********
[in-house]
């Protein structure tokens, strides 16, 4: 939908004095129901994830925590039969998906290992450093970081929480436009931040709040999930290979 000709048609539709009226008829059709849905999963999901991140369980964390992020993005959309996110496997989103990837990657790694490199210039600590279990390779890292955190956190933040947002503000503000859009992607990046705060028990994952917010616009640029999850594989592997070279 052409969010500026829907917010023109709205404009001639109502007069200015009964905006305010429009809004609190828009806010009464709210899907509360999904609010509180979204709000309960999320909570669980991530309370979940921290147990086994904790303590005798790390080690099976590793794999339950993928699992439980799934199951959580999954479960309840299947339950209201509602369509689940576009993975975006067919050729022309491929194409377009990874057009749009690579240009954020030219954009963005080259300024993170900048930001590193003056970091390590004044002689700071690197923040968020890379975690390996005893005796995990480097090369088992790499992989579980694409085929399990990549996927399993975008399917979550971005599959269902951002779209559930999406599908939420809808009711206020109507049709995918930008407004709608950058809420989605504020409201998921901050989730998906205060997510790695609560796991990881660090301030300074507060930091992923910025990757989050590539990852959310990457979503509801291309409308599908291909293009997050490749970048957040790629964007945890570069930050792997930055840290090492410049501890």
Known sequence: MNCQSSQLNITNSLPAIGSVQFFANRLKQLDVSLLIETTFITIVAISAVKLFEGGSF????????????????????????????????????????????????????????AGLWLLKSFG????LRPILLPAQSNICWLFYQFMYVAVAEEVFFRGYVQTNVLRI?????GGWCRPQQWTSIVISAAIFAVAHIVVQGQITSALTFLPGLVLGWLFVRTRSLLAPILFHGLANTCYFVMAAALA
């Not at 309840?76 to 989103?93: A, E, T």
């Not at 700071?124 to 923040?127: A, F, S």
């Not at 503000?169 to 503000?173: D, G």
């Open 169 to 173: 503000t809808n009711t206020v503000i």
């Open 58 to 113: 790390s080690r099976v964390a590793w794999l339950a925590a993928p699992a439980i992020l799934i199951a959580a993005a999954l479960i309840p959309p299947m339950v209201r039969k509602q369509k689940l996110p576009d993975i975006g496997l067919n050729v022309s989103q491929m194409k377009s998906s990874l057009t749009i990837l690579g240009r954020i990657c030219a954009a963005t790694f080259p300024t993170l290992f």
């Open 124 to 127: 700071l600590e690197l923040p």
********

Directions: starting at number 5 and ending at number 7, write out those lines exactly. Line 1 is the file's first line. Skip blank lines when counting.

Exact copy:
């Not at 700071?124 to 923040?127: A, F, S």
């Not at 503000?169 to 503000?173: D, G």
């Open 169 to 173: 503000t809808n009711t206020v503000i």